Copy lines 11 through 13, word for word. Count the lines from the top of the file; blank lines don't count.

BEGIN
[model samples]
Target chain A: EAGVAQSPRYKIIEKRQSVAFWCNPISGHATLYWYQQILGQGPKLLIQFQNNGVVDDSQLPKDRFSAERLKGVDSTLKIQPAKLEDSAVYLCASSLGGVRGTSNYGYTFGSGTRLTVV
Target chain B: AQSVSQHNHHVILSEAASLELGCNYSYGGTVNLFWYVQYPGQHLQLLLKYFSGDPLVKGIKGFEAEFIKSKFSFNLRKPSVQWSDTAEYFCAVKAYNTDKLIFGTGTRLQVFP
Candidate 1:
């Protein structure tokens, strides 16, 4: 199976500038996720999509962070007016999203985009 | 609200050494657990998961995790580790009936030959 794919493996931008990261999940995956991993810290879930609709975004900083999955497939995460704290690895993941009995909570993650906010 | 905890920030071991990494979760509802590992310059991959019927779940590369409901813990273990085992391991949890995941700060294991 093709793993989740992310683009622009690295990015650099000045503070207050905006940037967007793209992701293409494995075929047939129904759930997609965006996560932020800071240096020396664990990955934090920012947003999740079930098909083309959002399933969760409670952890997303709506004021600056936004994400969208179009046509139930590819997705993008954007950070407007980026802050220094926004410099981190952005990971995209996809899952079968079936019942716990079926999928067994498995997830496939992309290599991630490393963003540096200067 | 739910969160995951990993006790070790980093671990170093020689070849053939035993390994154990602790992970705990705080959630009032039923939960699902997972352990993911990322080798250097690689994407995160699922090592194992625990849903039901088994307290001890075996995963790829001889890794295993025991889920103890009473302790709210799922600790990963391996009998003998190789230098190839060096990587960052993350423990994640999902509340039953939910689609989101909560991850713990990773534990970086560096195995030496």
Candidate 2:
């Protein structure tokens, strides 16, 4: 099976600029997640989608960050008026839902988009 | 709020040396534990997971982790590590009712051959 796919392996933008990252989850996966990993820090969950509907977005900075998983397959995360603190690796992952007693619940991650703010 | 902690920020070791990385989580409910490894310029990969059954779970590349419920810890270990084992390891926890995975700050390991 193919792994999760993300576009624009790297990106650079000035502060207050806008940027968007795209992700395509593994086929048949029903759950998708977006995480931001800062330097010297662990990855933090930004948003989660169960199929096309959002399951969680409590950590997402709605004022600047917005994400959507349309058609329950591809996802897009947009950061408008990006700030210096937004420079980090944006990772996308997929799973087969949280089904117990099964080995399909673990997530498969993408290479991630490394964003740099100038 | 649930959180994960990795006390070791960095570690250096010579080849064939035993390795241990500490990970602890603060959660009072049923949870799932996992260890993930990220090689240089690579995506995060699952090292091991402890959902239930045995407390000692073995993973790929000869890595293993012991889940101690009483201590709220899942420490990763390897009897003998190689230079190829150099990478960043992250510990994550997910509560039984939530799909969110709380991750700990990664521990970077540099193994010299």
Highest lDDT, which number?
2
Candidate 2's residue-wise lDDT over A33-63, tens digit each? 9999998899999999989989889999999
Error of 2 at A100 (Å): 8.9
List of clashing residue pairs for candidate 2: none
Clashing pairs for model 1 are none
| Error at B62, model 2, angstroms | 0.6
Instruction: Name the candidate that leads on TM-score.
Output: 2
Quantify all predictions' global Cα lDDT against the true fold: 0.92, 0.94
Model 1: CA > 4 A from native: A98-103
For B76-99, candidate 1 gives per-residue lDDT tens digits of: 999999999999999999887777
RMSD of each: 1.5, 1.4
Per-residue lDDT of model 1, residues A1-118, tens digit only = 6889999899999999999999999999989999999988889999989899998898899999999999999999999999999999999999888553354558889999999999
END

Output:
Error of 2 at A100 (Å): 8.9
List of clashing residue pairs for candidate 2: none
Clashing pairs for model 1 are none